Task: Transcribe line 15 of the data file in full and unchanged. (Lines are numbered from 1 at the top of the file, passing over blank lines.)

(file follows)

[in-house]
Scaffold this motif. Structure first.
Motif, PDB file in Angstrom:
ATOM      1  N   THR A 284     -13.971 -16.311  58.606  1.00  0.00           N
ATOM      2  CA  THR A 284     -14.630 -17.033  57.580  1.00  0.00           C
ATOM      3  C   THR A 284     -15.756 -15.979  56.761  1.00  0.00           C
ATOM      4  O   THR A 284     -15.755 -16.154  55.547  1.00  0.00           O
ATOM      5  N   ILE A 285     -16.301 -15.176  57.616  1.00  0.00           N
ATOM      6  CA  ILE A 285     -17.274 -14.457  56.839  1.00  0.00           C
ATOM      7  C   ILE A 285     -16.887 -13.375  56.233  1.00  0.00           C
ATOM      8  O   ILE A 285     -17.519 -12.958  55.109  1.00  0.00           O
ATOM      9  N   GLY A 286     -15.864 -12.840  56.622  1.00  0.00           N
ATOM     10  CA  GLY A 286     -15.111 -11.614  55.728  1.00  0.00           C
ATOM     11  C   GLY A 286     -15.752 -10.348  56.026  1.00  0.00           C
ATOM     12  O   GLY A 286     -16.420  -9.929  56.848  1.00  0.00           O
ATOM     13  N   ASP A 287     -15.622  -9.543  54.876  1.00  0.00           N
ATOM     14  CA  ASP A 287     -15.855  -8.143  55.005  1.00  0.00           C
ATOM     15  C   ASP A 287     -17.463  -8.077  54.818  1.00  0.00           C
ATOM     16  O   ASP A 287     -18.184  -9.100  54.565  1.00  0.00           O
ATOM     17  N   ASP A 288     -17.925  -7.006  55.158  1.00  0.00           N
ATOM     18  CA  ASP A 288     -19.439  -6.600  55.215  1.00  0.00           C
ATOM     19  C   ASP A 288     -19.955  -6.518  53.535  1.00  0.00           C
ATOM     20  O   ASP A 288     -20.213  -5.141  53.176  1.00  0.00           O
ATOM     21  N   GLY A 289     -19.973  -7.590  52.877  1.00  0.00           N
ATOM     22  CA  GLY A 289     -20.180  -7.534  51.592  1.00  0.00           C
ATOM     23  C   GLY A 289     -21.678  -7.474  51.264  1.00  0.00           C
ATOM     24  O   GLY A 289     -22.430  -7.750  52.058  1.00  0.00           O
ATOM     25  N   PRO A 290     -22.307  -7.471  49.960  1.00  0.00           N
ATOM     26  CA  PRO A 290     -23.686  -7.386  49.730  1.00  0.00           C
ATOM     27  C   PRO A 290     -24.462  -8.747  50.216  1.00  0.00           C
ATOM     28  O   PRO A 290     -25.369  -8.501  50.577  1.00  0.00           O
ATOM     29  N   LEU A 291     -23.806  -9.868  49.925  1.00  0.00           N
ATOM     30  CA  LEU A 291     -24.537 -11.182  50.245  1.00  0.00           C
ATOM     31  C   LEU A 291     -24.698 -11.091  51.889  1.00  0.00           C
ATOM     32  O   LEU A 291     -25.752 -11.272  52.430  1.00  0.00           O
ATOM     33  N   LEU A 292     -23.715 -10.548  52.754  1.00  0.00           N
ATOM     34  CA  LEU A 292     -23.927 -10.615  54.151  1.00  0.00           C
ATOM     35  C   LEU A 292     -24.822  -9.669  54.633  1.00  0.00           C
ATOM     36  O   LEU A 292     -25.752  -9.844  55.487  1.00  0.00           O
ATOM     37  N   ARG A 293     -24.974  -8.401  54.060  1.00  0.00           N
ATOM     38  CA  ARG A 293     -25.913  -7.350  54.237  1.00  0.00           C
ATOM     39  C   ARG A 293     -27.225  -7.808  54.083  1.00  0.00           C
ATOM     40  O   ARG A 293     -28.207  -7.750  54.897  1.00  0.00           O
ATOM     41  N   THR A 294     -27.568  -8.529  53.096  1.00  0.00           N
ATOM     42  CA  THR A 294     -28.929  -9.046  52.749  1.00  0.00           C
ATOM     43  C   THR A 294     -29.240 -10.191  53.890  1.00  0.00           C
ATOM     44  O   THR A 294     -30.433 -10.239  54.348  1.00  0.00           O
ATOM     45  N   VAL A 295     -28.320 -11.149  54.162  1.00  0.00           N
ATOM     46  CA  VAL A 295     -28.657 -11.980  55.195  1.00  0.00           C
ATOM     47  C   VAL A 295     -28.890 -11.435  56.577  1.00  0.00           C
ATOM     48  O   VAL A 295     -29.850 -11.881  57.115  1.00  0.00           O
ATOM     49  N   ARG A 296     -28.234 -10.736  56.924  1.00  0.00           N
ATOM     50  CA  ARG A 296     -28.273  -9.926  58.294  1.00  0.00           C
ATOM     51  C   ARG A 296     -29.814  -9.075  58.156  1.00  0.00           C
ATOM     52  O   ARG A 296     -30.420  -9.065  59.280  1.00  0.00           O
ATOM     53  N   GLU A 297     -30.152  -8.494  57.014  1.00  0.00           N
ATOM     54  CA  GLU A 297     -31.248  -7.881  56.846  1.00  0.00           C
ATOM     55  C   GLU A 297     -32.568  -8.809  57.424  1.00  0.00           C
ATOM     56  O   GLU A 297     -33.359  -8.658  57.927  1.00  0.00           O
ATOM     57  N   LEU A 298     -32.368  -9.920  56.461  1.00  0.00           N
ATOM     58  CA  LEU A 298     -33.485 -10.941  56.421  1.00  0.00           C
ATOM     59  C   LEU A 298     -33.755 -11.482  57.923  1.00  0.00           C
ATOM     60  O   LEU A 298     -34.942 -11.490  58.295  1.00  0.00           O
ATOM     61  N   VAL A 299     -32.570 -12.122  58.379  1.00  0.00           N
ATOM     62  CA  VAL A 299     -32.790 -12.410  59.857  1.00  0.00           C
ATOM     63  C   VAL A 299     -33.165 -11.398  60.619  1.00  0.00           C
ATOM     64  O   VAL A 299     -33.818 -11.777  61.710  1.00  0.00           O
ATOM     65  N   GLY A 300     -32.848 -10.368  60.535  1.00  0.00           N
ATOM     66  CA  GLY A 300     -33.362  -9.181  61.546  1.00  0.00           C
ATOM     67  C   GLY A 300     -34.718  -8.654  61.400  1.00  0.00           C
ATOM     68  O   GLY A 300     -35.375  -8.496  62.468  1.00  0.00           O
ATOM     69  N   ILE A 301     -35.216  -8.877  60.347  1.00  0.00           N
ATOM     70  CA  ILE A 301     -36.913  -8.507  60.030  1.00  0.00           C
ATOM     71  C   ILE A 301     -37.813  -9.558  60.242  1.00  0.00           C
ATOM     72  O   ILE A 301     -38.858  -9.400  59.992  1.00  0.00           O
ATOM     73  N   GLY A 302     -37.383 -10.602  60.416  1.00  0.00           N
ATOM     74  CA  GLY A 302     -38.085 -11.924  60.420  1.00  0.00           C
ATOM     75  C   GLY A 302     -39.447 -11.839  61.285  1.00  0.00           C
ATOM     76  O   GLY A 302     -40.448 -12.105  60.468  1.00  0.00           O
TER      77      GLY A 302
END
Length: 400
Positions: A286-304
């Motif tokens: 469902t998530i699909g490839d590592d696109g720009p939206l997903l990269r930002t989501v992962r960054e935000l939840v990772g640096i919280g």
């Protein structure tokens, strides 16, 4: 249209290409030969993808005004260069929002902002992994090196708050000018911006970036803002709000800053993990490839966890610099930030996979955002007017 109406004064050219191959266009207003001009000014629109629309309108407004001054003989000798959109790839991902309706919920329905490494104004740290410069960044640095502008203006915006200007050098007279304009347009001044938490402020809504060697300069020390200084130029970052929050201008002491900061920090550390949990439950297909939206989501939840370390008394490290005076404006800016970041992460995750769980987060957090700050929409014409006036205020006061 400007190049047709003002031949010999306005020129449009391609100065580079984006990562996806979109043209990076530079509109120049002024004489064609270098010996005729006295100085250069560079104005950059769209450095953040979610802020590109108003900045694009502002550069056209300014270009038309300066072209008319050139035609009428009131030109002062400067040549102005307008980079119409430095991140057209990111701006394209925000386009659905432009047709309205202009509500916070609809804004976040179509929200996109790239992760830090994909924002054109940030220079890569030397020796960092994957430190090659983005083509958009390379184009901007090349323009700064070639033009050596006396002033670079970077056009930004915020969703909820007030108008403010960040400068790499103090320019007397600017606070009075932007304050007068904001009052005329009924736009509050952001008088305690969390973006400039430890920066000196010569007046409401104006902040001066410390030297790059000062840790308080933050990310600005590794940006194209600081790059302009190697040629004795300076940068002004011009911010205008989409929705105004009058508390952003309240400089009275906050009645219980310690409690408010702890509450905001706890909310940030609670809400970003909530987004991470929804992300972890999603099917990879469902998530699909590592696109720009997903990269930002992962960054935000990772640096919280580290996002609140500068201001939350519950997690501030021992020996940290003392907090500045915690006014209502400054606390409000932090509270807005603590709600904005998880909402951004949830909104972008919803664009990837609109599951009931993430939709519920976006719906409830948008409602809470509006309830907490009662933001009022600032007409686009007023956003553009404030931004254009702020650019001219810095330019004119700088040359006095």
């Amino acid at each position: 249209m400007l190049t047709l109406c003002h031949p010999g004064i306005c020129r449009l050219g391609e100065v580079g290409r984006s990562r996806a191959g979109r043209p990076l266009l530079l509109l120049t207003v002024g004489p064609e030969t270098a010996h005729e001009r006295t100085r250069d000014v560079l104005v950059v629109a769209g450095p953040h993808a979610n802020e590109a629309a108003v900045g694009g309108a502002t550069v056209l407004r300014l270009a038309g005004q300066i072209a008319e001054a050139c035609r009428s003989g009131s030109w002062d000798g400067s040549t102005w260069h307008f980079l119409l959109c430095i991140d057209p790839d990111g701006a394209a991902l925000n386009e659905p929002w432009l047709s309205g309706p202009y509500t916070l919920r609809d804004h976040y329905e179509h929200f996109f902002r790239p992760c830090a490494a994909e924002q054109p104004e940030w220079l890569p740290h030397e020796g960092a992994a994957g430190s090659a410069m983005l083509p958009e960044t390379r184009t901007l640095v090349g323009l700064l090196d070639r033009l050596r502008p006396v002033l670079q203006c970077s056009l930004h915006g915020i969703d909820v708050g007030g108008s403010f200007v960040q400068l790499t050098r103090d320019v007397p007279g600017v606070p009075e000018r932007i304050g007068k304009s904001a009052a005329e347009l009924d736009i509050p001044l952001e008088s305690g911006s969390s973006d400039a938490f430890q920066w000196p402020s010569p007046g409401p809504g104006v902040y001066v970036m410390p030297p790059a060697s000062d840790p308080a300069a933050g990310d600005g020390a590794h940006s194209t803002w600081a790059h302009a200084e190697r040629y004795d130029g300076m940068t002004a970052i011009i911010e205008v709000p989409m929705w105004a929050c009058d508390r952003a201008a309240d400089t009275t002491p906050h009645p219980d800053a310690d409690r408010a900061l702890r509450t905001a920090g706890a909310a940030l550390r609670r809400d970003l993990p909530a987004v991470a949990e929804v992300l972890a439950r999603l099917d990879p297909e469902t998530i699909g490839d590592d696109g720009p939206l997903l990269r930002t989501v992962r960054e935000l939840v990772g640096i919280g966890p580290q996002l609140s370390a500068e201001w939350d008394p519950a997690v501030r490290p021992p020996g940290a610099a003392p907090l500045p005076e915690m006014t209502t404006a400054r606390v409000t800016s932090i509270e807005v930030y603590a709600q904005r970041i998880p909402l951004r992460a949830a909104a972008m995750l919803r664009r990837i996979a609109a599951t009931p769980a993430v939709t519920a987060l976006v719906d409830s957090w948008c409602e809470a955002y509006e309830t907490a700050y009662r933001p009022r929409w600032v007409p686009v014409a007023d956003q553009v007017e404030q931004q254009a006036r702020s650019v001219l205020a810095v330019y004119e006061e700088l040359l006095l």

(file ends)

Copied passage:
ATOM     12  O   GLY A 286     -16.420  -9.929  56.848  1.00  0.00           O